In the 19th Century, Louis Pasteur’s germ theory of disease made an audacious and unthinkable claim. He asserted that most diseases are caused by invading microscopic organisms—little bad bugs that make us sick. This theory revolutionized medicine and saved millions from plagues like smallpox which had devastated populations for centuries.
However, as the adverse effects of antibiotic overuse on the immune system become increasingly clear, there has been a return to the seemingly simple words of the Ancient Greek father of medicine Hippocrates, the who famously proclaimed: “All Disease Begins in the Gut.”
Your Immune System is Under Attack
The simplest and most effective way of improving your immune system is to maintain a healthy, balanced gut microflora. Today, this can be harder to do, than perhaps ever before. Even if you think you maintain a healthy diet and you aren’t prone to intestinal discomfort, your gut is in worse shape than you may realize. And it’s not your fault.
The truth is that our modern industrialized food systems have created a monster in the form of processed foods. Mix that with chemical food additives, plus an overuse of antibiotics, and household chemical cleaners, and you can start to wreak havoc on your entire digestive tract. A perfect gut-wrenching storm is brewing in your belly, a storm that leaves behind a wake of carnage in the form of digestive and immune system disruption.
The Human Gut: Our “Second Brain”
Our digestive system is an incredibly complex piece of human machinery. From a macroscopic view, we know the gut breaks food and liquids down into their chemical components (carbohydrates, fats, and proteins, etc.), which the body uses for energy and cellular regeneration. But the gut also plays a critical role in hormone and immune system regulation, and it houses the body’s largest concentration of mood-altering neurotransmitters, including serotonin. That’s why many scientists refer to the gut as the body’s “second brain.”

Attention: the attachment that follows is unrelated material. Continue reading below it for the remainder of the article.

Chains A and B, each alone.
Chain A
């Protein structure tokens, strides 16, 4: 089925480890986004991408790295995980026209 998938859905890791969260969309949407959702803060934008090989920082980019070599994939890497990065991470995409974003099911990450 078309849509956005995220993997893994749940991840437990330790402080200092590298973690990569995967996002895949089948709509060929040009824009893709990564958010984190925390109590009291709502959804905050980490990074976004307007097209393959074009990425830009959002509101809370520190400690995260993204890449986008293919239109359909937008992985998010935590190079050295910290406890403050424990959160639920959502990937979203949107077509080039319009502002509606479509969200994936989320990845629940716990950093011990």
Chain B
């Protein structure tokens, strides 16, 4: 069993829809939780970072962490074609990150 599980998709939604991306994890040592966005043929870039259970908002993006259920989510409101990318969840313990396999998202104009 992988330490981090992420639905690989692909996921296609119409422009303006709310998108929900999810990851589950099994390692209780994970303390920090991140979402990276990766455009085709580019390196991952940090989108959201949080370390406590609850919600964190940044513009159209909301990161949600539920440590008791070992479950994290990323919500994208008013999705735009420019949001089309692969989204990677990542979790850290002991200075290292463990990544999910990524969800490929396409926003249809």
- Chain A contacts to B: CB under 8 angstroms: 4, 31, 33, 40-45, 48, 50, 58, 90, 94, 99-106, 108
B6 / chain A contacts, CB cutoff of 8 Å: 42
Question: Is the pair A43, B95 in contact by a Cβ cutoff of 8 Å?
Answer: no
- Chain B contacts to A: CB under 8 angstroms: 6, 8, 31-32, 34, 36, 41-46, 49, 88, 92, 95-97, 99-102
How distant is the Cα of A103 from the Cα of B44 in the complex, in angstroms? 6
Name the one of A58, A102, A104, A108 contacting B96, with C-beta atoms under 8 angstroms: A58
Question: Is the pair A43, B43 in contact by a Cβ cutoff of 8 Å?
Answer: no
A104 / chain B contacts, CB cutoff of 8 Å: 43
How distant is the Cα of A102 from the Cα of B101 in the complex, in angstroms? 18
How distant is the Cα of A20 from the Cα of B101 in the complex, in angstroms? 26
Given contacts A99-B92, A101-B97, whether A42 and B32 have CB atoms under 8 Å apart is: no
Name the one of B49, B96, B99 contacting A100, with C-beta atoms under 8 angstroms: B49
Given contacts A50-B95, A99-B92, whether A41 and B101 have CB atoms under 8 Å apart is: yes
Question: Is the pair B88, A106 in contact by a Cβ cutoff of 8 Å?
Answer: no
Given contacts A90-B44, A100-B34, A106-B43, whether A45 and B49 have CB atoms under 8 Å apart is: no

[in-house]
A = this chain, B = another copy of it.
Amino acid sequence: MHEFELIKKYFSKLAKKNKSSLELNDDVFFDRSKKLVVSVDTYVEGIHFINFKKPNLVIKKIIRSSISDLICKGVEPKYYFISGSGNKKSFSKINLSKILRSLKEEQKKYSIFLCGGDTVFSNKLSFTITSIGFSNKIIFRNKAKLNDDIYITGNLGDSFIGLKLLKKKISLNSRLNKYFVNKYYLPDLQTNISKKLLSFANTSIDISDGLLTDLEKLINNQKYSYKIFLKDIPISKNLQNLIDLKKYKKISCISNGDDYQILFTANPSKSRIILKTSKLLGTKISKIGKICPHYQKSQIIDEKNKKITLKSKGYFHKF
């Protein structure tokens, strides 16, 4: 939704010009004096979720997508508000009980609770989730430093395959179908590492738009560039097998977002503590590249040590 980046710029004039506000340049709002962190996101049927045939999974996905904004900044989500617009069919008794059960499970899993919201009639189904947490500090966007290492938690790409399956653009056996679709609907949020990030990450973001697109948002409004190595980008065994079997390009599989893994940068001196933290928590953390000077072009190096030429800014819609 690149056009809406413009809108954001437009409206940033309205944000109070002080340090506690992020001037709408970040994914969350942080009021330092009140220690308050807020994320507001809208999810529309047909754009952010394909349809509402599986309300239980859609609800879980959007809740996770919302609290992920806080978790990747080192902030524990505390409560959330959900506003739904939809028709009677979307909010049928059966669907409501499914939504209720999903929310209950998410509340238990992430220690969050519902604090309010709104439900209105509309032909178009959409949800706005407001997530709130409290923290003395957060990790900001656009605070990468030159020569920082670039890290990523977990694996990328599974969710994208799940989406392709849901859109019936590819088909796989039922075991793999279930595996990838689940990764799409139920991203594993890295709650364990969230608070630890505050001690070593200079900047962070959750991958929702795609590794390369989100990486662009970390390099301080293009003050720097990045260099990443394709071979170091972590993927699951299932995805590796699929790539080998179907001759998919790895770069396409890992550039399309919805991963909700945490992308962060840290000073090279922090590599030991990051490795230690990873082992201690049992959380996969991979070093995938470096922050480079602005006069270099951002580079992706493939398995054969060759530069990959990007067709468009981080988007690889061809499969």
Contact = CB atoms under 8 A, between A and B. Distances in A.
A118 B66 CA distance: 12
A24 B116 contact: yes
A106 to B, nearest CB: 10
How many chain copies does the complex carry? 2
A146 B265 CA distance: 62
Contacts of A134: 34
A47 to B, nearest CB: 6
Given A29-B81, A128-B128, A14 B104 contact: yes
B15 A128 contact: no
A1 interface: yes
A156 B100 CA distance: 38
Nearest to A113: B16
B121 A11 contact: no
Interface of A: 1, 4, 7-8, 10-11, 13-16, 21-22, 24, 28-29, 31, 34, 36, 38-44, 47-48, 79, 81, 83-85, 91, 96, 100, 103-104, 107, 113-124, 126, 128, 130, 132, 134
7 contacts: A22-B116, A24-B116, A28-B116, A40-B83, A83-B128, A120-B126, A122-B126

On the microscopic level, this second brain is home to “good” guys and “bad” guys — good bacteria who fight off disease, and bad pathogens who seek to do you harm. The more “good” bacteria you have fighting for you, the more balanced your gut microbiome will become, which will lead to you having a healthier and stronger immune system.
Probiotics: The Key to a Strong Immune System
Think about your gut as your body’s gas tank. Probiotics are the premium fuel that your body needs to thrive. Probiotics are those little aforementioned “good” guys, healthy bacteria that help fortify your gut from an onslaught of invading “bad” bacteria which can cause gas, bloating, discomfort, and disease. The gut microbiome is made up of trillions of microorganisms (bacteria, fungi, and viruses) that, when properly balanced, keep our bodies running like well-oiled machines, helping fight off disease.
Where to Get Probiotics?
There are several excellent sources of probiotics that you may be eating already. Yogurt, (especially homemade) is one of the best sources along with pickled foods, sauerkraut, kefir, dark chocolate, microalgae, miso soup, and tempeh. But just changing your diet isn’t enough. Often foods that contain probiotics only contain a small number, and the variety of probiotic strains can be insufficient.
To ensure a proactive stance against the barrage of digestive destroyers that seek to weaken your immune system, you should add a probiotic supplement to your system. Probiotics are the most natural and effective way to improve your immune system, this is why it is critical to take a daily probiotic supplement with high levels of CFUs and strain variety.